ArmDescriptionAssigned Intervention
Experimental
Healthy (Diazoxide)
Proglycem, oral suspension (4-7 mg/kg). Healthy participants will receive diazoxide between MRI scans.
  • Drug: Diazoxide
    Healthy and T2D participants will receive diazoxide at a dose of 4-7 mg/kg (based upon weight) between baseline MRI scan and second MRI scan.
    Other names:
    • Proglycem
Placebo Comparator
Healthy (Placebo)
Taste-matched placebo. Healthy participants will receive placebo between MRI scans.
  • Drug: Placebo
    Healthy and T2D participants will receive placebo between baseline MRI scan and second MRI scan.
Experimental
T2D (Diazoxide)
Proglycem, oral suspension (4-7 mg/kg). Type 2 diabetic (T2D) participants will receive diazoxide between MRI scans.
  • Drug: Diazoxide
    Healthy and T2D participants will receive diazoxide at a dose of 4-7 mg/kg (based upon weight) between baseline MRI scan and second MRI scan.
    Other names:
    • Proglycem
Placebo Comparator
T2D (Placebo)
Taste-matched placebo. T2D participants will receive placebo between MRI scans.
  • Drug: Placebo
    Healthy and T2D participants will receive placebo between baseline MRI scan and second MRI scan.

Recruiting Locations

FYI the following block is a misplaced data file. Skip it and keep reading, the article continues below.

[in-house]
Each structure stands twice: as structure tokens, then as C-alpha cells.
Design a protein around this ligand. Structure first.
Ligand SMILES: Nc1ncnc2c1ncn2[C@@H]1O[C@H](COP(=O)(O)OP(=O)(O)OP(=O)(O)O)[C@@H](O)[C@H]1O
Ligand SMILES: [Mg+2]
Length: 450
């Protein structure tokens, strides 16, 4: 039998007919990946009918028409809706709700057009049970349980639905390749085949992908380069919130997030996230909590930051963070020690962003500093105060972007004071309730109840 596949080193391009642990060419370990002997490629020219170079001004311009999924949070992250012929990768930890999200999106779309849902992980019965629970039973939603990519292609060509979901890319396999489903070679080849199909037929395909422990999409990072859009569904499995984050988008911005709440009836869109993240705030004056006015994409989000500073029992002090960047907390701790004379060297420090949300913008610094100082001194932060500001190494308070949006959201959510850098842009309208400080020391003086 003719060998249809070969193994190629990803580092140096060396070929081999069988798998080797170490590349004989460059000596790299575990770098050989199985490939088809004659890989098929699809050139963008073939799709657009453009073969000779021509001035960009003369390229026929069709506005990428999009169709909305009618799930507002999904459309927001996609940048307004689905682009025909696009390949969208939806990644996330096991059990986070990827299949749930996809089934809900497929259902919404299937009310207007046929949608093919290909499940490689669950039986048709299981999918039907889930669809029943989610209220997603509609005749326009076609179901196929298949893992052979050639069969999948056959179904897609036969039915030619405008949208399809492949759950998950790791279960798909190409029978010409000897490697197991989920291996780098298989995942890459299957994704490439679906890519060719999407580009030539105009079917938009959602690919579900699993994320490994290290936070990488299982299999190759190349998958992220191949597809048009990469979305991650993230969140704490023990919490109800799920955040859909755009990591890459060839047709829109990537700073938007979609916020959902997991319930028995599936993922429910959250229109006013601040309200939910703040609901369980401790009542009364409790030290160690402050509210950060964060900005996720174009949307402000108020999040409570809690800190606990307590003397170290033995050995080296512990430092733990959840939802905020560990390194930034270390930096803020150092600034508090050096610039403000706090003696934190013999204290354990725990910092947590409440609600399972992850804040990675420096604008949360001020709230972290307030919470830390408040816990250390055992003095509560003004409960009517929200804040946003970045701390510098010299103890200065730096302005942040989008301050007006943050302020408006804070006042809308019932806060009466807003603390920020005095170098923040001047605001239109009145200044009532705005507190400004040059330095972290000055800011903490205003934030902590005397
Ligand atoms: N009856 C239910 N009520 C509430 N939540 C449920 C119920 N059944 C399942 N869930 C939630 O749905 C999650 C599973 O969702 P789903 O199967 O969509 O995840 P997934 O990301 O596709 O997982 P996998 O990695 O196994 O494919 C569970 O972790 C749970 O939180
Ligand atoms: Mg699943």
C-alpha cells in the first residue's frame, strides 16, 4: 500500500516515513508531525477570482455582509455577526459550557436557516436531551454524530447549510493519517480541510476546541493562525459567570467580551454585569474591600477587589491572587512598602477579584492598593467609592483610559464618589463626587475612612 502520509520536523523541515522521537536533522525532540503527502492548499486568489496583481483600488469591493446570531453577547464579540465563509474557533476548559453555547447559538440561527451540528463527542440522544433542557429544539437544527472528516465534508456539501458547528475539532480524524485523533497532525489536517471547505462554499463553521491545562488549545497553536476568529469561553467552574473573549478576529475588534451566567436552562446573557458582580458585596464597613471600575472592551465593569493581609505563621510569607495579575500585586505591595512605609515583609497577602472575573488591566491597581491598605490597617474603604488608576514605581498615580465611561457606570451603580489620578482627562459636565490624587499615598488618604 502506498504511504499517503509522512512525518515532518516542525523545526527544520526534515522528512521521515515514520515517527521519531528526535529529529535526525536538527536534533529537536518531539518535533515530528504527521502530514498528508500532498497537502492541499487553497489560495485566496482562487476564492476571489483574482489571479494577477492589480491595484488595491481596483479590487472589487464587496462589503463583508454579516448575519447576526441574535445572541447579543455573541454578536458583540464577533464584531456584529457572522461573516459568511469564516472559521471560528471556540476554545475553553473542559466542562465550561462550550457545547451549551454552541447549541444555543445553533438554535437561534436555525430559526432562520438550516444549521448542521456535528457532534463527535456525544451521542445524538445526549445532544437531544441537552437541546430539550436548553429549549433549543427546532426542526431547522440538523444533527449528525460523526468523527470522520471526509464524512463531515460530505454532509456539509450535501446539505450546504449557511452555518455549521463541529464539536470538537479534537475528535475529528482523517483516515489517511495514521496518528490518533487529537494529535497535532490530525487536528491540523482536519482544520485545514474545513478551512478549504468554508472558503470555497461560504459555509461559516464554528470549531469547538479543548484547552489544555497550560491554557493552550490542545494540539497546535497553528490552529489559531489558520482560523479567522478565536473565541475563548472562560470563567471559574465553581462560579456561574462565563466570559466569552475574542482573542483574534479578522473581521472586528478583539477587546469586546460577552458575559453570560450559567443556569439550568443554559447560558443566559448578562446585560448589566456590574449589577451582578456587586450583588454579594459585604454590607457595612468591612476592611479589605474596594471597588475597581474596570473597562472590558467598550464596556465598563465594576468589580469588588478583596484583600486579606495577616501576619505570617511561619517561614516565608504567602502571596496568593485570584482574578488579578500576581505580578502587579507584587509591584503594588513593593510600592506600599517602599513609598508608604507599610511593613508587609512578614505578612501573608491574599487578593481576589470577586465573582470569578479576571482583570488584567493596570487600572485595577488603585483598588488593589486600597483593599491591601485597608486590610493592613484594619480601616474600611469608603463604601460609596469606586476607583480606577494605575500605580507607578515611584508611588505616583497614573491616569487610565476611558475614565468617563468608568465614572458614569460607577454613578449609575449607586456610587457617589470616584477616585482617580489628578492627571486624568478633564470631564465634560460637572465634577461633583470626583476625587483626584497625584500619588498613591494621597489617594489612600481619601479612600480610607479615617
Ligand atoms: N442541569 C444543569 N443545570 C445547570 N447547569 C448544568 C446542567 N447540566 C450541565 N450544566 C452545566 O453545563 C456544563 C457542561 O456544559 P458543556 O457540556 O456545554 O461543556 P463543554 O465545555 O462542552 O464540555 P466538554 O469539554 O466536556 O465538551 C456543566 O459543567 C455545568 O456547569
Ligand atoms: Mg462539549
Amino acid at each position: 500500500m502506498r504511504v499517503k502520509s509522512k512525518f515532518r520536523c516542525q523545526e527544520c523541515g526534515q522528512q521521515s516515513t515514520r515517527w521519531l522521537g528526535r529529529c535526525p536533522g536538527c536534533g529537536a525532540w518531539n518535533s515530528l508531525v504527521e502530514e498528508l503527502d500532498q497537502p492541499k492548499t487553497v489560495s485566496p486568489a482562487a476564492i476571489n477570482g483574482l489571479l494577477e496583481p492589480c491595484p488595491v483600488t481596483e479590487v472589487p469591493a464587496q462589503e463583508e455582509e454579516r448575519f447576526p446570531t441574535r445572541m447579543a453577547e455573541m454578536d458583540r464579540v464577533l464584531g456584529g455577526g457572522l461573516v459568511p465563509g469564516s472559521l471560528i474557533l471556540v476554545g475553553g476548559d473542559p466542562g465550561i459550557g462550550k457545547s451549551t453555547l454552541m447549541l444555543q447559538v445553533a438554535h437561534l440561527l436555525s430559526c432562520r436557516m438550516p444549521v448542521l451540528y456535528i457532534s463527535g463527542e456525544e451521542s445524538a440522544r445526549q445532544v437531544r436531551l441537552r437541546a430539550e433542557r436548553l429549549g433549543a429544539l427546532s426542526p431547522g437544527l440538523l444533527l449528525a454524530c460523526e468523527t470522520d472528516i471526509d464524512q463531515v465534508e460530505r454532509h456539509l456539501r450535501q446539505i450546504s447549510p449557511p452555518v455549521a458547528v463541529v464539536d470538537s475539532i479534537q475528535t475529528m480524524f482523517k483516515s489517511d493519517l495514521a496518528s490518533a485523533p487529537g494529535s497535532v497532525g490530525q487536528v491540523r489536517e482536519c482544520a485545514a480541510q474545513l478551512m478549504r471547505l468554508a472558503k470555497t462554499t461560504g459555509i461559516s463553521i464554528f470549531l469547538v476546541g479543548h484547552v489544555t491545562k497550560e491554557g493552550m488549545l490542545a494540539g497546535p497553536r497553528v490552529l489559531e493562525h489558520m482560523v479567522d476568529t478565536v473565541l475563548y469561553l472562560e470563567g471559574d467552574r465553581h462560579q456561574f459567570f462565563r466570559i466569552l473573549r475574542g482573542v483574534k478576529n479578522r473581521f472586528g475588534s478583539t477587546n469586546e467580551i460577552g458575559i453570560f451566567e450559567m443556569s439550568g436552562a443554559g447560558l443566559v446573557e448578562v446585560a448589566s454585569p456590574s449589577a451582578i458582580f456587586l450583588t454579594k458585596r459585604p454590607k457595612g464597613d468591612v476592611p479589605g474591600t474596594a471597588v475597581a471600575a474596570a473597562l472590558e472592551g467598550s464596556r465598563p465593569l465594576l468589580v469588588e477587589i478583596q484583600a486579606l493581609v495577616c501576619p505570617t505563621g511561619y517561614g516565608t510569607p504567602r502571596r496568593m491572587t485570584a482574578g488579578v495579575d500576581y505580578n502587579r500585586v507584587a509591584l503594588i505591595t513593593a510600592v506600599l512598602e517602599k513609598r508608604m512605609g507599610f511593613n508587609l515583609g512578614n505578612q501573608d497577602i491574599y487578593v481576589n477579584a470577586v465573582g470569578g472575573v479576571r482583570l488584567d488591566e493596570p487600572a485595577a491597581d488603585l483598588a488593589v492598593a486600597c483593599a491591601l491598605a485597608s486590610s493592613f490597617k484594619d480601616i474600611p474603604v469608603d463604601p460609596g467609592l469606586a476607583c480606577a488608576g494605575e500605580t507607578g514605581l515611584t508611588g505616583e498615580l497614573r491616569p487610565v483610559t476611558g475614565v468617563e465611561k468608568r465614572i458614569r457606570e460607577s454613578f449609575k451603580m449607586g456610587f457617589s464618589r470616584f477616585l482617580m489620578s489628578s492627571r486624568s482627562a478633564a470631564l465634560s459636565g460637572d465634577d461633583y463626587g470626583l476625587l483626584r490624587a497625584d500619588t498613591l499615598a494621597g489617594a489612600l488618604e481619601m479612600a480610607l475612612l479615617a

Albert Einstein College of Medicine
Bronx, New York 10461
Contact:
Tulsi Patel
718-430-2903
tulsi.patel@einsteinmed.org

More Details

Status
Recruiting
Sponsor
Albert Einstein College of Medicine

Study Contact

Tulsi Patel, B.A.
718-839-7975
tulsi.patel@einsteinmed.org

Detailed Description

In this study investigators will use functional magnetic resonance imaging (fMRI), a safe, noninvasive method of measuring brain activity by imaging the blood flow to different parts of the brain, to assess the impact of the medication diazoxide on both diabetic and non-diabetic patients. fMRI is a technique for measuring and mapping brain activity. This technique relies on the fact that cerebral blood flow and neuronal activity are coupled.

Previous rodent and human studies have demonstrated that diazoxide activates potassium (KATP) channels that are sensitive to ATP in the hypothalamus, inhibiting hepatic glucose production. However, these inhibitory effects of diazoxide on hepatic glucose production are curiously absent in diabetic patients, which suggests that they may have impaired activation of KATP channels and thus lowered brain activity in this area of the brain.

After screening and meeting eligibility criteria, participants will have 2 day-long study visits (one day in which the brain will be imaged before and after receiving diazoxide, and one day in which the brain will be imaged before and after placebo. Each study day will include up to 3 MRI scans per study visit and hourly blood draws.

Notice

Study information shown on this site is derived from ClinicalTrials.gov (a public registry operated by the National Institutes of Health). The listing of studies provided is not certain to be all studies for which you might be eligible. Furthermore, study eligibility requirements can be difficult to understand and may change over time, so it is wise to speak with your medical care provider and individual research study teams when making decisions related to participation.